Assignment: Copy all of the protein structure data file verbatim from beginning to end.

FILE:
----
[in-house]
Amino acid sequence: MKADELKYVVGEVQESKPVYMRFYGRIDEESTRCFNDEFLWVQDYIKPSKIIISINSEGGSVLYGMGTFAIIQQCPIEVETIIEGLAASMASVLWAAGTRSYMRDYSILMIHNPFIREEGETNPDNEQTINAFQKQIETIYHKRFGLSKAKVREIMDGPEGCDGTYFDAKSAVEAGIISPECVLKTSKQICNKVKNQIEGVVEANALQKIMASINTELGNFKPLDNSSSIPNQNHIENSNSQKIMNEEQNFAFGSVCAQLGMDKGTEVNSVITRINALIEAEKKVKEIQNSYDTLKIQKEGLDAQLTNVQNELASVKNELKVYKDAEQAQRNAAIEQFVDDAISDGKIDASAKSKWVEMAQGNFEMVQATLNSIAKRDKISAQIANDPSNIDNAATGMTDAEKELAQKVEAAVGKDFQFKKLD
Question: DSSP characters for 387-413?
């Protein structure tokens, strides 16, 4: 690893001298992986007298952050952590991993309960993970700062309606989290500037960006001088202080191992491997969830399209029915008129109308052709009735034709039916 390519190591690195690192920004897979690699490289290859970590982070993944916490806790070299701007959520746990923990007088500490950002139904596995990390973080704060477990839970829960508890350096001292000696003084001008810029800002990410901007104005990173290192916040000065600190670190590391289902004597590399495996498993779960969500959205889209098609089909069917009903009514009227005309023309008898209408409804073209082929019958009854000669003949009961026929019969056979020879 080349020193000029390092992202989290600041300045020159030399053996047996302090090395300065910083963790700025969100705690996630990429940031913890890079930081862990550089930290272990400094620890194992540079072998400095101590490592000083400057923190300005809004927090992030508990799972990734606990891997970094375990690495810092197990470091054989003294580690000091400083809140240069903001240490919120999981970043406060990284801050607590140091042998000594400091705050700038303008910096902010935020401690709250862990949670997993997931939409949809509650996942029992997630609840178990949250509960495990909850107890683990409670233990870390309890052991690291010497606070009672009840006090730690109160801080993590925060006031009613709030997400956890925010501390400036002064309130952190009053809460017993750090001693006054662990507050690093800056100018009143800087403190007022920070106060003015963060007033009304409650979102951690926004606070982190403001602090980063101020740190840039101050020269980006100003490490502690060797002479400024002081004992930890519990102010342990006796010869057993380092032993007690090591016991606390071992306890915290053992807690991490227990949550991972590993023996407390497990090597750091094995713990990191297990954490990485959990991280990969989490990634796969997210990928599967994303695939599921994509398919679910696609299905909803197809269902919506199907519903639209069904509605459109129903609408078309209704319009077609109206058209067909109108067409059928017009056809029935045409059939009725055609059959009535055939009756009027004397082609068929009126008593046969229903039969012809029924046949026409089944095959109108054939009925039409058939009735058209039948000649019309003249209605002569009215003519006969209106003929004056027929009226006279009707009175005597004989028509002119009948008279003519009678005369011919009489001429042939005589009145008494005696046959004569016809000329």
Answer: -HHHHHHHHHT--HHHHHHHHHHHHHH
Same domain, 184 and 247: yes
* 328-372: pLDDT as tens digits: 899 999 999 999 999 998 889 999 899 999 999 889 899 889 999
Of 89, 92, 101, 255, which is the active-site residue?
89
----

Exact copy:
[in-house]
Amino acid sequence: MKADELKYVVGEVQESKPVYMRFYGRIDEESTRCFNDEFLWVQDYIKPSKIIISINSEGGSVLYGMGTFAIIQQCPIEVETIIEGLAASMASVLWAAGTRSYMRDYSILMIHNPFIREEGETNPDNEQTINAFQKQIETIYHKRFGLSKAKVREIMDGPEGCDGTYFDAKSAVEAGIISPECVLKTSKQICNKVKNQIEGVVEANALQKIMASINTELGNFKPLDNSSSIPNQNHIENSNSQKIMNEEQNFAFGSVCAQLGMDKGTEVNSVITRINALIEAEKKVKEIQNSYDTLKIQKEGLDAQLTNVQNELASVKNELKVYKDAEQAQRNAAIEQFVDDAISDGKIDASAKSKWVEMAQGNFEMVQATLNSIAKRDKISAQIANDPSNIDNAATGMTDAEKELAQKVEAAVGKDFQFKKLD
Question: DSSP characters for 387-413?
């Protein structure tokens, strides 16, 4: 690893001298992986007298952050952590991993309960993970700062309606989290500037960006001088202080191992491997969830399209029915008129109308052709009735034709039916 390519190591690195690192920004897979690699490289290859970590982070993944916490806790070299701007959520746990923990007088500490950002139904596995990390973080704060477990839970829960508890350096001292000696003084001008810029800002990410901007104005990173290192916040000065600190670190590391289902004597590399495996498993779960969500959205889209098609089909069917009903009514009227005309023309008898209408409804073209082929019958009854000669003949009961026929019969056979020879 080349020193000029390092992202989290600041300045020159030399053996047996302090090395300065910083963790700025969100705690996630990429940031913890890079930081862990550089930290272990400094620890194992540079072998400095101590490592000083400057923190300005809004927090992030508990799972990734606990891997970094375990690495810092197990470091054989003294580690000091400083809140240069903001240490919120999981970043406060990284801050607590140091042998000594400091705050700038303008910096902010935020401690709250862990949670997993997931939409949809509650996942029992997630609840178990949250509960495990909850107890683990409670233990870390309890052991690291010497606070009672009840006090730690109160801080993590925060006031009613709030997400956890925010501390400036002064309130952190009053809460017993750090001693006054662990507050690093800056100018009143800087403190007022920070106060003015963060007033009304409650979102951690926004606070982190403001602090980063101020740190840039101050020269980006100003490490502690060797002479400024002081004992930890519990102010342990006796010869057993380092032993007690090591016991606390071992306890915290053992807690991490227990949550991972590993023996407390497990090597750091094995713990990191297990954490990485959990991280990969989490990634796969997210990928599967994303695939599921994509398919679910696609299905909803197809269902919506199907519903639209069904509605459109129903609408078309209704319009077609109206058209067909109108067409059928017009056809029935045409059939009725055609059959009535055939009756009027004397082609068929009126008593046969229903039969012809029924046949026409089944095959109108054939009925039409058939009735058209039948000649019309003249209605002569009215003519006969209106003929004056027929009226006279009707009175005597004989028509002119009948008279003519009678005369011919009489001429042939005589009145008494005696046959004569016809000329």
Answer: -HHHHHHHHHT--HHHHHHHHHHHHHH
Same domain, 184 and 247: yes
* 328-372: pLDDT as tens digits: 899 999 999 999 999 998 889 999 899 999 999 889 899 889 999
Of 89, 92, 101, 255, which is the active-site residue?
89